Some aspects of CSR can also be related to agency or stewardship theory. Although this theory is more often employed with respect to corporate governance, we consider it important to address these aspects here because they could help explain the behaviour of public companies and the need to efficiently render resources. Agency theory focuses on the relation between principals (the shareholders or owners of an organisation) and their agents (the managers of the organisation). Shareholders entrust management tasks to agents, in the understanding that their interests will be protected. Agency problems would occur if shareholders did not receive sufficient information or if the goals of each party did not coincide [115]. In the case of SOEs, agency problems arise between the government and the directors. Stewardship theory also establishes a relationship between owner and administrator-steward. According to this theory, the directive wants to be a good administrator of the entity and to do a good job in managing the company’s resources properly [116]. In the case of SOEs, they refer to the role they play as a manager of public resources and the need to be accountable. Other studies have based their arguments on organisational and economic theories to frame the problem under study. Although all of the above theories are relevant to SOEs, stakeholder theory appears to be the most suitable for explaining how conflicts may be reduced among stakeholders, as is the case of SOEs, by harmonising the sometimes conflicting interests [89].
SOEs should have a special commitment to inform and account to society about in CSR, because as public enterprises, they count on participation by the State, which allocates part of the tax revenues through SOEs to provide services of which the citizens are beneficiaries. Citizens are the principal stakeholders of its SOEs [77].

6. The Practice of Corporate Social Responsibility in State Owned Enterprises

Analysis of the articles selected for this review shows that many define SOEs in terms of their ownership, their ultimate objectives and the activity performed. Thus, SOEs can be defined as for-profit organisations in which, in whole or in part, the State participates as an owner [77]. Private investors may be involved but the company is owned, at least partially, by the State [6]. There is growing acceptance among SOEs that they must not only seek profit and comply with legal requirements but also function as good, responsible actors within their environment as well as giving an example to society of their actions [6,74]. Such companies are often created to provide public services, such as telecommunications, transport, water and electricity [6].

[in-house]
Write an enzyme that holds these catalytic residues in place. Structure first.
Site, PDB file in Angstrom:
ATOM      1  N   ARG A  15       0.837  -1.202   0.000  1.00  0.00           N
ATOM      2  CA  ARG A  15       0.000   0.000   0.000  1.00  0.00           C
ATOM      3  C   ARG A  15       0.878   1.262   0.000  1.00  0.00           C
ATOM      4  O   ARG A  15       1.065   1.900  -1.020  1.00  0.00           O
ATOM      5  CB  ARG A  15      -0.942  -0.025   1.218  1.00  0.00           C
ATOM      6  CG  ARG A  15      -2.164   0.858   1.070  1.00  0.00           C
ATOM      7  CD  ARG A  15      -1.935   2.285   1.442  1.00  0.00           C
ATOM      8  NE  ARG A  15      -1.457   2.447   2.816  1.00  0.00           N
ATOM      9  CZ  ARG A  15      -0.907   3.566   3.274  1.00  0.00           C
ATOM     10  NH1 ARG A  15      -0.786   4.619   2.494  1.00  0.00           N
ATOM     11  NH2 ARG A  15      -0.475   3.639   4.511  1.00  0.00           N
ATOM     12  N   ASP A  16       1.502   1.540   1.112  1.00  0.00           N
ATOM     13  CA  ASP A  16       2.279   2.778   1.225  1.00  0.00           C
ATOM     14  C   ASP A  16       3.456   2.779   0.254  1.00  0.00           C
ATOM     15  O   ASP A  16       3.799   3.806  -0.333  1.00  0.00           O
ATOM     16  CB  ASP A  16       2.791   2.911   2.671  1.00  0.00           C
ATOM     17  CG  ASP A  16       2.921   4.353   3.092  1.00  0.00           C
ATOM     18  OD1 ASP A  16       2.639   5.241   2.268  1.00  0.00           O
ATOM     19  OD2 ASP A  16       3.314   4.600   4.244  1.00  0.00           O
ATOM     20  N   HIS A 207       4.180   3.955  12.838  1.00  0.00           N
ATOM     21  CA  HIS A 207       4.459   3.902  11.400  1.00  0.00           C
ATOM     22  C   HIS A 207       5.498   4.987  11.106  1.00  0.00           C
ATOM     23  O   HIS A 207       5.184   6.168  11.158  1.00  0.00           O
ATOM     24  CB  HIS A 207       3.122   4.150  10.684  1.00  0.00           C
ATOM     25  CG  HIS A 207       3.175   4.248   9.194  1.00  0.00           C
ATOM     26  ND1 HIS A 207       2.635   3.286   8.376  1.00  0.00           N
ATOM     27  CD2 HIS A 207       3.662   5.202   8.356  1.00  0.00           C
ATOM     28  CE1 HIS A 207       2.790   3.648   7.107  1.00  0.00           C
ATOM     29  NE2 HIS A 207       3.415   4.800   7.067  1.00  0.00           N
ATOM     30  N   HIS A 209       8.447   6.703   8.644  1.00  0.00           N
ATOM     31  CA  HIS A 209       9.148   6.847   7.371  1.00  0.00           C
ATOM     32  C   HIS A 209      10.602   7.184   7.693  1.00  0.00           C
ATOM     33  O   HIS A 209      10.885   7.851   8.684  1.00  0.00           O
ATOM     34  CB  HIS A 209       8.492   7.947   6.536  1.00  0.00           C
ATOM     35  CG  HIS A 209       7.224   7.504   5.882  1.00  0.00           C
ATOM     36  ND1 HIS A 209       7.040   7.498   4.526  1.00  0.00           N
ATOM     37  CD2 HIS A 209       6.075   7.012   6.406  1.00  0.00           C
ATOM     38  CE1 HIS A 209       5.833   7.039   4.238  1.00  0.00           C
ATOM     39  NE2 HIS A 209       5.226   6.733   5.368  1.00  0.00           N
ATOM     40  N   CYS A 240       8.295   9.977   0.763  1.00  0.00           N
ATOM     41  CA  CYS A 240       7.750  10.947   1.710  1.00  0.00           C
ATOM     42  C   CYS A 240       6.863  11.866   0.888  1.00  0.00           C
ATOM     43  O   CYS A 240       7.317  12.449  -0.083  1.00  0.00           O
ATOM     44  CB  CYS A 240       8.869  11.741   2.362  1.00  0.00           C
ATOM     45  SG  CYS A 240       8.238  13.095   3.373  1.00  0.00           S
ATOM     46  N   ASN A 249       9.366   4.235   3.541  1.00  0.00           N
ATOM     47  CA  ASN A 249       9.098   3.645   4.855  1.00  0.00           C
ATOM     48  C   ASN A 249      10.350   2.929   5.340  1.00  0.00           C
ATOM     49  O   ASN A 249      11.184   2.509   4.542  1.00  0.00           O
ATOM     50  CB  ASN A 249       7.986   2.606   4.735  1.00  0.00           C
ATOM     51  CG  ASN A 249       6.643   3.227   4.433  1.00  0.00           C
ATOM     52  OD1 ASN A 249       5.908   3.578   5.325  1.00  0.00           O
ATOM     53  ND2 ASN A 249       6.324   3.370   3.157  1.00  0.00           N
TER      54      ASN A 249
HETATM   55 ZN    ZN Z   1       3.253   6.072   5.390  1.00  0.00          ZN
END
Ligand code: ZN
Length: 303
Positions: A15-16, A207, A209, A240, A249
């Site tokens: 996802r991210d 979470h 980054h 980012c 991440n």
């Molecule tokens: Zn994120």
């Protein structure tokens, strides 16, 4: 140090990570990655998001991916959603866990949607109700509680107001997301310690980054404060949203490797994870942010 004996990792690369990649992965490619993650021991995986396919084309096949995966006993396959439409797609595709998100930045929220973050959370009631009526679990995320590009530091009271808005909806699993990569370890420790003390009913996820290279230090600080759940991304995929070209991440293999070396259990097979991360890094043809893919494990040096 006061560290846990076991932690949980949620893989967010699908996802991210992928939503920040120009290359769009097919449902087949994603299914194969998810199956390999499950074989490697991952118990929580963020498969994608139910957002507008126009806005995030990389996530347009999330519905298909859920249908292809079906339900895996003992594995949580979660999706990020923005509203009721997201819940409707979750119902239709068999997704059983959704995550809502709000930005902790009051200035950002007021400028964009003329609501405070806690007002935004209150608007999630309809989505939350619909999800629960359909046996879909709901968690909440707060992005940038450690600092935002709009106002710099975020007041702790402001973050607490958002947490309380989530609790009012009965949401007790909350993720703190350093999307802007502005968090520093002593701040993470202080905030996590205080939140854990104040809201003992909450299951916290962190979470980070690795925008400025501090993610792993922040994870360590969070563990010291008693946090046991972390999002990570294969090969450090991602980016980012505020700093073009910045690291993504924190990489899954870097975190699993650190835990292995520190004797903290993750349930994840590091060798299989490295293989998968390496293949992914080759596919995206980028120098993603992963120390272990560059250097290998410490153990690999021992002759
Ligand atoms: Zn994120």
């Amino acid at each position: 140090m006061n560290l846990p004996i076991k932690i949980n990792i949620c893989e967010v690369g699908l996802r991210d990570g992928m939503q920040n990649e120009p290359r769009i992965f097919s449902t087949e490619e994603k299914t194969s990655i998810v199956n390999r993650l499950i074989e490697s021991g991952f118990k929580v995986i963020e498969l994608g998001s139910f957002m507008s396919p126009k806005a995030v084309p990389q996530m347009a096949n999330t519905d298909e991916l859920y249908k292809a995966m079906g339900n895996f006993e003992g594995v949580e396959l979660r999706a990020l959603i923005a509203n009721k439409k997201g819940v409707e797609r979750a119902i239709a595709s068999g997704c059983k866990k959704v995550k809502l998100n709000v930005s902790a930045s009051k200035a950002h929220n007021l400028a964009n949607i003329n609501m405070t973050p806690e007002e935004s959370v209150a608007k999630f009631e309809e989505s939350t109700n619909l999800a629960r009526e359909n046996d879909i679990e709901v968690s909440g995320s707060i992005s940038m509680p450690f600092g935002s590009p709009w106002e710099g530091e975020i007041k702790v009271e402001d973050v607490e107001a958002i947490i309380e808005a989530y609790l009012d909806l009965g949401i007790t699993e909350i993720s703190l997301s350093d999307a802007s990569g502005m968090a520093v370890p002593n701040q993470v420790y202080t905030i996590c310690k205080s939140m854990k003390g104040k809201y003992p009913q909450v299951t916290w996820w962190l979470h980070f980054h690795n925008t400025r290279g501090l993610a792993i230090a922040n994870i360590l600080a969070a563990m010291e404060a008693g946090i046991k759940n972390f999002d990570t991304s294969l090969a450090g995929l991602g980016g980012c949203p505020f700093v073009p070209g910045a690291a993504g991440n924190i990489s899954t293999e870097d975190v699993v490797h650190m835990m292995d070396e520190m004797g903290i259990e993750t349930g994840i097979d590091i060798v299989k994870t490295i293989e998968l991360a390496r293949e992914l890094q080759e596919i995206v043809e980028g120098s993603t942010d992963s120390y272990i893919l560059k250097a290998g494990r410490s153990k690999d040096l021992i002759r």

These companies, owned at various levels by the State, present different names: state-owned enterprises in New Zealand, government business enterprises in Australia and state-owned companies in Norway, while in Malaysia they are called government-linked companies [6].
We have grouped the studies according to the type of article and its theme, taking into account the classification proposed by Reverte (2009), who distinguished between descriptive studies, explanatory ones and those related to the effect of CSR policies on users. The first group consists of papers seeking to explain the content and scope of the CSR in SOEs [71]. In explanatory research, the authors’ aim is to define the determinants of the adoption of CSR strategies [45,65]. The third group includes those focused on users of the adoption of CSR policies by SOEs [43,56]. Papers of this third type are relatively scarce and usually address the effect of CSR-oriented policies on market or firm performance indicators [63,66,67]. As illustrated in Figure 3, the articles analysed can be divided into three types: descriptive ones, developed mainly through case studies and overviews; explanatory articles that analyse aspects of CSR such as practices and information disclosure, perceptions and factors; and, finally, studies related to the impact on users.
One of the first descriptive articles to be published was a “research forum” presented by Roper and Baker (2011), which highlighted the need to reflect on CSR issues in SOEs because of the particular characteristics of these companies. Subsequently, authors analysed these issues with respect to countries in North America and Europe. Morsing (2011) applied a Scandinavian perspective to SOEs in northern Europe (Denmark), while Cunningham (2011) and Heath (2011) extended the scope of research to examine SOEs in Canada and the United States, respectively and Roper and Schoenberger-Orgad (2011) focused on New Zealand.